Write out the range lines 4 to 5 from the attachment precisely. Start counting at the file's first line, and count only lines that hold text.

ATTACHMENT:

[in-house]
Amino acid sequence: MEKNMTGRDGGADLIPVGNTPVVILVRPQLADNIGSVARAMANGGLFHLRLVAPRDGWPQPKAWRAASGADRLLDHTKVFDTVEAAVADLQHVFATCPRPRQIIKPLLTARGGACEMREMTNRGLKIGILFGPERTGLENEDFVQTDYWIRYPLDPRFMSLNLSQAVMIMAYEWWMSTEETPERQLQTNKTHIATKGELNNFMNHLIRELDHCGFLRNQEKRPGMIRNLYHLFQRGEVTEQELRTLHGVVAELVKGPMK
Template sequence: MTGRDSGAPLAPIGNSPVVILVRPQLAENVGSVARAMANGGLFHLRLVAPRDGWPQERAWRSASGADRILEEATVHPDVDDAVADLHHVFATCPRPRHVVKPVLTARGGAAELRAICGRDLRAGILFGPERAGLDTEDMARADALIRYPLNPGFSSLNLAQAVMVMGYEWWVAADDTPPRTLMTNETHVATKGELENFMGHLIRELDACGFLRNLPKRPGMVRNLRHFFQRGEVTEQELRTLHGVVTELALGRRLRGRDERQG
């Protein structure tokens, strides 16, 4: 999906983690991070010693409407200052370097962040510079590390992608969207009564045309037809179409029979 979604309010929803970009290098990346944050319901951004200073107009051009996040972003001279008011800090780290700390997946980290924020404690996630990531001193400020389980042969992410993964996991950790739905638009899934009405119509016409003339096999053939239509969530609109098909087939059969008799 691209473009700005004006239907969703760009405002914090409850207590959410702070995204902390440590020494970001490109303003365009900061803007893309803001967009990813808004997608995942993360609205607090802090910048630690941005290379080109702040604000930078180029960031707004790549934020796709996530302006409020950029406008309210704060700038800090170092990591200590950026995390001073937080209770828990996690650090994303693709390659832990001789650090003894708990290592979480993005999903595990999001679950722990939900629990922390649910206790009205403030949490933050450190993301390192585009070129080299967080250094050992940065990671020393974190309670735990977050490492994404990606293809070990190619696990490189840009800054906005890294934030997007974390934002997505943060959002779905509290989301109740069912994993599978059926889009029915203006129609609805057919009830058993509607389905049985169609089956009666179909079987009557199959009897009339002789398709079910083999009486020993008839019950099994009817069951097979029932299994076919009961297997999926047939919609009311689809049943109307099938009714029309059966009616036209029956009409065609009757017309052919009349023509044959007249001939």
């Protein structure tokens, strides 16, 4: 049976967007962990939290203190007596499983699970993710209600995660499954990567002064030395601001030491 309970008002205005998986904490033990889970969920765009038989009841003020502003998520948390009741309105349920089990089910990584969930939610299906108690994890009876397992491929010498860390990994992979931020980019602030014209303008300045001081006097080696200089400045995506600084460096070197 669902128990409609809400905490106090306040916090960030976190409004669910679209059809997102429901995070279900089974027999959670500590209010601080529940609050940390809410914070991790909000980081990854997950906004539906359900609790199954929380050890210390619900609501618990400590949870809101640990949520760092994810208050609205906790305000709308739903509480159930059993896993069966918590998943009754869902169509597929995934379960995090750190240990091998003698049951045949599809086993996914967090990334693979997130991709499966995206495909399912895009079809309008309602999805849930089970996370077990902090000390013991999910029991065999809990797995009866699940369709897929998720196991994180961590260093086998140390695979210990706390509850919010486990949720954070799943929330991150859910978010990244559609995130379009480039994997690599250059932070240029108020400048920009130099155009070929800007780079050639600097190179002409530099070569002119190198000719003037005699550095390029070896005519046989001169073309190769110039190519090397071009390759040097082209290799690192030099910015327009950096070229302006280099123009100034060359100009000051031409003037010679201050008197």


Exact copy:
């Protein structure tokens, strides 16, 4: 999906983690991070010693409407200052370097962040510079590390992608969207009564045309037809179409029979 979604309010929803970009290098990346944050319901951004200073107009051009996040972003001279008011800090780290700390997946980290924020404690996630990531001193400020389980042969992410993964996991950790739905638009899934009405119509016409003339096999053939239509969530609109098909087939059969008799 691209473009700005004006239907969703760009405002914090409850207590959410702070995204902390440590020494970001490109303003365009900061803007893309803001967009990813808004997608995942993360609205607090802090910048630690941005290379080109702040604000930078180029960031707004790549934020796709996530302006409020950029406008309210704060700038800090170092990591200590950026995390001073937080209770828990996690650090994303693709390659832990001789650090003894708990290592979480993005999903595990999001679950722990939900629990922390649910206790009205403030949490933050450190993301390192585009070129080299967080250094050992940065990671020393974190309670735990977050490492994404990606293809070990190619696990490189840009800054906005890294934030997007974390934002997505943060959002779905509290989301109740069912994993599978059926889009029915203006129609609805057919009830058993509607389905049985169609089956009666179909079987009557199959009897009339002789398709079910083999009486020993008839019950099994009817069951097979029932299994076919009961297997999926047939919609009311689809049943109307099938009714029309059966009616036209029956009409065609009757017309052919009349023509044959007249001939």
């Protein structure tokens, strides 16, 4: 049976967007962990939290203190007596499983699970993710209600995660499954990567002064030395601001030491 309970008002205005998986904490033990889970969920765009038989009841003020502003998520948390009741309105349920089990089910990584969930939610299906108690994890009876397992491929010498860390990994992979931020980019602030014209303008300045001081006097080696200089400045995506600084460096070197 669902128990409609809400905490106090306040916090960030976190409004669910679209059809997102429901995070279900089974027999959670500590209010601080529940609050940390809410914070991790909000980081990854997950906004539906359900609790199954929380050890210390619900609501618990400590949870809101640990949520760092994810208050609205906790305000709308739903509480159930059993896993069966918590998943009754869902169509597929995934379960995090750190240990091998003698049951045949599809086993996914967090990334693979997130991709499966995206495909399912895009079809309008309602999805849930089970996370077990902090000390013991999910029991065999809990797995009866699940369709897929998720196991994180961590260093086998140390695979210990706390509850919010486990949720954070799943929330991150859910978010990244559609995130379009480039994997690599250059932070240029108020400048920009130099155009070929800007780079050639600097190179002409530099070569002119190198000719003037005699550095390029070896005519046989001169073309190769110039190519090397071009390759040097082209290799690192030099910015327009950096070229302006280099123009100034060359100009000051031409003037010679201050008197």